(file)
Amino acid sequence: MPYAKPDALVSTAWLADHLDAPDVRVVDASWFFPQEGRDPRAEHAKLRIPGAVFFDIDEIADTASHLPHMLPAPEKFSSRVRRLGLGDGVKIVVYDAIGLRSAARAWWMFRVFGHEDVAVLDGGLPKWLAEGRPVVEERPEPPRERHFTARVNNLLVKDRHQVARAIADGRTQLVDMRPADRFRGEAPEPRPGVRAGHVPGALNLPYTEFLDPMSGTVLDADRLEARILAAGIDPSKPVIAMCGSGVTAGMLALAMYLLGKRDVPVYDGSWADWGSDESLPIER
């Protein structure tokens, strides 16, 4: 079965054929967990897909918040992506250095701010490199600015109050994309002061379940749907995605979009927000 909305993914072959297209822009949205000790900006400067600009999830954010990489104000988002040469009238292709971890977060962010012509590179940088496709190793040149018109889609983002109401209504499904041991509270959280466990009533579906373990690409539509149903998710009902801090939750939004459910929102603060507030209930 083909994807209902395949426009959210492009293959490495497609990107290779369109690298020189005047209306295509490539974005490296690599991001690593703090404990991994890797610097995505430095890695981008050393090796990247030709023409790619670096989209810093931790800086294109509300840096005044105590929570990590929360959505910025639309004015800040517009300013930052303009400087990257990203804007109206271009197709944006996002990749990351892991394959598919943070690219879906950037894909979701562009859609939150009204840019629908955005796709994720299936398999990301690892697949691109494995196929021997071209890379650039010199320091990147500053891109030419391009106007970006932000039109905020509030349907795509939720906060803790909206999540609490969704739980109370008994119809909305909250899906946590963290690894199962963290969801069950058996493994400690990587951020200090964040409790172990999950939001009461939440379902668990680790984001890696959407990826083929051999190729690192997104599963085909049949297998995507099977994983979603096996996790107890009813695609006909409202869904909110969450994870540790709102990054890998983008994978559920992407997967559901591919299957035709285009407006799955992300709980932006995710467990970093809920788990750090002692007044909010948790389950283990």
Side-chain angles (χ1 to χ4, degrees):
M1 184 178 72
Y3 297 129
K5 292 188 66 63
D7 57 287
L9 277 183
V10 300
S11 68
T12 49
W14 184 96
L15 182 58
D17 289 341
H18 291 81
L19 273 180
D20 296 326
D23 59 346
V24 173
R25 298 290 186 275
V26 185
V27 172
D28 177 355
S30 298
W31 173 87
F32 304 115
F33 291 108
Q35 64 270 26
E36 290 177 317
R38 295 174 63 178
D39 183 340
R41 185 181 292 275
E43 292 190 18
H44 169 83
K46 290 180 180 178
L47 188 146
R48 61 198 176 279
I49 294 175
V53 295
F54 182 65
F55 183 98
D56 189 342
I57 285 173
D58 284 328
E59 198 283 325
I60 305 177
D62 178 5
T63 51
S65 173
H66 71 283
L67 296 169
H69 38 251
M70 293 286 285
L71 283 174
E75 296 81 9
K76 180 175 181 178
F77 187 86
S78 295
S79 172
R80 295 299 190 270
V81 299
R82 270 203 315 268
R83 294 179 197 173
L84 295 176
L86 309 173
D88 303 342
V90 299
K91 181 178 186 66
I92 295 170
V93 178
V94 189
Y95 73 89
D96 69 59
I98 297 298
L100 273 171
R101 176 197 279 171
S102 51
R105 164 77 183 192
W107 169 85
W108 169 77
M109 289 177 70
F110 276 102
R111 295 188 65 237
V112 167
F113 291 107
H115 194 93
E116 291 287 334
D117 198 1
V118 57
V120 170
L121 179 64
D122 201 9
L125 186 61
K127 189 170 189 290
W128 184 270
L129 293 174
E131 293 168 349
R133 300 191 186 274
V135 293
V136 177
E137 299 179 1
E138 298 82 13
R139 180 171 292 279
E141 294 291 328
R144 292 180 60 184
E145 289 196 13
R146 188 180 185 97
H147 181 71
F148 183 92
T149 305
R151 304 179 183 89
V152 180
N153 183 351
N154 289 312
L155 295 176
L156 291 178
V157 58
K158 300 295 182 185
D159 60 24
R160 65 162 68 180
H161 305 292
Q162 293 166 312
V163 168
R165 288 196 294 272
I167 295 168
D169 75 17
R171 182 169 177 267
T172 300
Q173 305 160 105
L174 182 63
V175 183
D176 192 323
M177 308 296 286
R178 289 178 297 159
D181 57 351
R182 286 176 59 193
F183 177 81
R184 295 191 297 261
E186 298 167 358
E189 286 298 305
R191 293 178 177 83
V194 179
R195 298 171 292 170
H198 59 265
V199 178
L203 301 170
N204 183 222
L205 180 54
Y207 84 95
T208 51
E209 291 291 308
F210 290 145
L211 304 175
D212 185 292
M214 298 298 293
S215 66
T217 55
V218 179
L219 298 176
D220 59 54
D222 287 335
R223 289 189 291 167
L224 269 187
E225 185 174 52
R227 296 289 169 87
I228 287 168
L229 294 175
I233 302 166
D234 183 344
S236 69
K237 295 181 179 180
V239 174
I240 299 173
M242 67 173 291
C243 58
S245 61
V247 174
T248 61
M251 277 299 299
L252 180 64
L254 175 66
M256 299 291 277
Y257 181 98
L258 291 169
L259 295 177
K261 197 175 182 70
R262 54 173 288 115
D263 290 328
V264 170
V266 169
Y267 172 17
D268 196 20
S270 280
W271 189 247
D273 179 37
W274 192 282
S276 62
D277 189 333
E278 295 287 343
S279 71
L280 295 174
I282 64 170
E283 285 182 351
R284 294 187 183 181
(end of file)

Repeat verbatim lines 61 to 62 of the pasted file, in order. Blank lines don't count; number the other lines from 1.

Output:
V81 299
R82 270 203 315 268